I would love to meet Brian Chesky, a founder of AirBnB. I’m particularly fascinated with the way he founded the company and how today the company is enabling so many people to make extra cash with their homes whilst also giving people opportunity to travel with much more flexible options rather than just hotels.

I also see so many similarities between their early struggles and what we do at Vimma. I once read that Chesky was meeting a potential investor who asked in disbelief “are people really staying in other people’s homes? Why would they do that?” We often get similar questioning from investors; “Do people really post about products they use on social media? Why would they do that?” I’d love to hear more about the journey they took and how they grew to be a meaningful part of so many people’s holidays.

How can our readers follow you on social media?

I’m happy to connect with anyone who’s interested to follow, share and discuss the topics around marketing, advertisement and the power people have as a community! Here’s my LinkedIn: https://www.linkedin.com/in/outipietilanaho/

If you’re interested, you can also join the movement and sign up to our platform as a consumer: https://app.vimma.co/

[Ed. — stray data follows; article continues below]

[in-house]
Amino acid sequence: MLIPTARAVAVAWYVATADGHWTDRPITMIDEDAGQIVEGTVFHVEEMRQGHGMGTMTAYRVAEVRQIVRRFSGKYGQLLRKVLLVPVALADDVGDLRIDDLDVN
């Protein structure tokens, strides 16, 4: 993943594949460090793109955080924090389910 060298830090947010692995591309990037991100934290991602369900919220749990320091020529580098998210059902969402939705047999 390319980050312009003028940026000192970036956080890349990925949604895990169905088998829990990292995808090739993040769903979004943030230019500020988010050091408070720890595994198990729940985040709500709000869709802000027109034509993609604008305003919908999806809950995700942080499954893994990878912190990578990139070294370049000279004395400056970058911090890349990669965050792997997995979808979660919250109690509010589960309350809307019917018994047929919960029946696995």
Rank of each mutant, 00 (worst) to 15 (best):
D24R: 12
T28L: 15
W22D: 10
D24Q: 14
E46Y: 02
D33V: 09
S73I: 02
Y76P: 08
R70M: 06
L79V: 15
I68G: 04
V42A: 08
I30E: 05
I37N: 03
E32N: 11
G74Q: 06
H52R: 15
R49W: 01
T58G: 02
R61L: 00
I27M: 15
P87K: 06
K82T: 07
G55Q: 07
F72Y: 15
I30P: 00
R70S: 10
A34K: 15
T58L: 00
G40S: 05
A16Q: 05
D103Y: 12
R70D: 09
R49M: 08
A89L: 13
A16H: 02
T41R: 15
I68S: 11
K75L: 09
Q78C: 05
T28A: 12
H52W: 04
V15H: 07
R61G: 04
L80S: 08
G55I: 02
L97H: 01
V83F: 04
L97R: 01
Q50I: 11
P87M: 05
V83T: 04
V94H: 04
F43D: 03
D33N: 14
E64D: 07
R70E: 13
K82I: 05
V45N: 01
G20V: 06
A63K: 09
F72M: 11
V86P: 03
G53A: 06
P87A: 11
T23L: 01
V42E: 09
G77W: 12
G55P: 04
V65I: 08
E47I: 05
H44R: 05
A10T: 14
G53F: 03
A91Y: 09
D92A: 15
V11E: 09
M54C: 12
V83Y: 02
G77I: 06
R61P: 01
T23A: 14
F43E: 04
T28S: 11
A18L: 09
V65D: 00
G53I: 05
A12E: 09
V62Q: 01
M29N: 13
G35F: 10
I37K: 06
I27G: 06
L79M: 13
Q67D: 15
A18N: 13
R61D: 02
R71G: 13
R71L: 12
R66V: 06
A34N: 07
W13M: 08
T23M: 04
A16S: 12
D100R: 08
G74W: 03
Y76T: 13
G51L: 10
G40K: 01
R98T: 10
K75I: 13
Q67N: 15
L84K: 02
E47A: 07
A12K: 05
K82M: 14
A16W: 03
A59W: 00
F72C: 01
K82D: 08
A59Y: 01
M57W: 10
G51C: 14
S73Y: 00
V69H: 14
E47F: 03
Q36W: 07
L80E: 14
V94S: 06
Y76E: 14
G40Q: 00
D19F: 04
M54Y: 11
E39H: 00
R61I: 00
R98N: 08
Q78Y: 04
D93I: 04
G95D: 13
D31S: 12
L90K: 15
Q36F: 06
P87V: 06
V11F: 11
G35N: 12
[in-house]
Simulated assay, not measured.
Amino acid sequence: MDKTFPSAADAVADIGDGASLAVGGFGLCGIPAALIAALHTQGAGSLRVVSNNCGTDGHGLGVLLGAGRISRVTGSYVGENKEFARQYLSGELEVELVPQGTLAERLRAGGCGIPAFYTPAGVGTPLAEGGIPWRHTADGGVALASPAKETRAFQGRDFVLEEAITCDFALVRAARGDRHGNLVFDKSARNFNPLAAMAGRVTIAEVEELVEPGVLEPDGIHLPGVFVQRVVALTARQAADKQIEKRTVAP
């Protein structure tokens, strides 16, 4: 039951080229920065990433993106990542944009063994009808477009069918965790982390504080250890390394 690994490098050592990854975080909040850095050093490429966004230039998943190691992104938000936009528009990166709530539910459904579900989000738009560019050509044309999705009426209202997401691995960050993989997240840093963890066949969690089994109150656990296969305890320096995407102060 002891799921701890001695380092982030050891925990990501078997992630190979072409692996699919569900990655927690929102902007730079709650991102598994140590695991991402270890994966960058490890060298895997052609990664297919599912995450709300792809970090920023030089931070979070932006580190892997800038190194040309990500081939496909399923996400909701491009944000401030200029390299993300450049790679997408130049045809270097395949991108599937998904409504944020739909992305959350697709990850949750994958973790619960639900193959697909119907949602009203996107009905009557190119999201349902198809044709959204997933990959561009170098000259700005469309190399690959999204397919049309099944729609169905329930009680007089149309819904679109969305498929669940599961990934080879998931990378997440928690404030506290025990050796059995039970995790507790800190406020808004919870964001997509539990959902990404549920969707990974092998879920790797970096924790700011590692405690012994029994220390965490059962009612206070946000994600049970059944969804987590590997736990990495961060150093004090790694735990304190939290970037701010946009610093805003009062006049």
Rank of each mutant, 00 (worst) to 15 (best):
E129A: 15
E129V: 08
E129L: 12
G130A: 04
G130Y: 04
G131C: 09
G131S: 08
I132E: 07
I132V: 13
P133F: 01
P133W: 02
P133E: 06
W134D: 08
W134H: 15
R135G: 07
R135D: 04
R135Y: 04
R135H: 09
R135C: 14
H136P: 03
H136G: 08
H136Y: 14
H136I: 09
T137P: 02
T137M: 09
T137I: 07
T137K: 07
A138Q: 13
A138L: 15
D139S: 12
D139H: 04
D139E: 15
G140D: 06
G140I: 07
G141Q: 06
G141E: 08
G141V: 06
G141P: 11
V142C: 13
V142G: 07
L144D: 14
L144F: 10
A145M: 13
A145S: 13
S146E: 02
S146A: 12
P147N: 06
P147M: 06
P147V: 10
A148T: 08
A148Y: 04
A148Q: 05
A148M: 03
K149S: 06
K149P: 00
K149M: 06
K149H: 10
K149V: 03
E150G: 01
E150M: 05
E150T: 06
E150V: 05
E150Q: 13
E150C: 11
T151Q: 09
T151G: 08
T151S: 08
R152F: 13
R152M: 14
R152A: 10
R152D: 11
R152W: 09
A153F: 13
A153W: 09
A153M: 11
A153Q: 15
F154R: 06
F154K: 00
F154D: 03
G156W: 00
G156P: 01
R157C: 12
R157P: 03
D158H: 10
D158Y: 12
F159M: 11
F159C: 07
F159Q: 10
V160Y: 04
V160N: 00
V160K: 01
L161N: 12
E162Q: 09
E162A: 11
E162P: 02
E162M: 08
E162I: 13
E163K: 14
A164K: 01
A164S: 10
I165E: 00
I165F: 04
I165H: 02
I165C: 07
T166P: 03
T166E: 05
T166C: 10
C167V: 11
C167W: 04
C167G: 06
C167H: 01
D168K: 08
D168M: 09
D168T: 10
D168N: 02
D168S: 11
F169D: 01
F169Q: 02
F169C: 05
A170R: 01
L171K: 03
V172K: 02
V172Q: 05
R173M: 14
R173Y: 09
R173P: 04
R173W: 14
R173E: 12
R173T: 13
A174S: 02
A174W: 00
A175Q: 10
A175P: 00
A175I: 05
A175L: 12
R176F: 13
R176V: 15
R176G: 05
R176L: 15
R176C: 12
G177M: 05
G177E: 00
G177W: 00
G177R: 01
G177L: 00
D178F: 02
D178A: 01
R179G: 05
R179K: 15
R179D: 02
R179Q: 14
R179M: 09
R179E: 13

This was very meaningful, thank you so much!


The Social Impact Heroes of Social Media: “Embrace the unknown.” was originally published in Authority Magazine on Medium, where people are continuing the conversation by highlighting and responding to this story.

The Social Impact Heroes of Social Media: “Don’t expect it to happen overnight.”

The Social Impact Heroes of Social Media: “Don’t expect it to happen overnight.” with Andrew Fitzsimons and Candice Georgiadis

Don’t expect it to happen overnight. It’s always going to be a slow crawl to getting your cause and contribution to where you see it going. You have to be persistent, unwavering, but also patient.

As a part of my series about social media stars who are using their platform to make a significant social impact, I had the pleasure of interviewing Andrew Fitzsimons, a celebrity hairstylist with more than fifteen years of experience known for his work with Kylie and Kendall Jenner, Kim, Khloe, Kris and Kourtney Kardashian, Joan Smalls, Janet Mock, Susan Sarandon, Ashley Graham and more. Born in Ireland, Andrew splits his time between Los Angeles and New York City for client work, and is a vocal advocate for the LGBTQ+ community.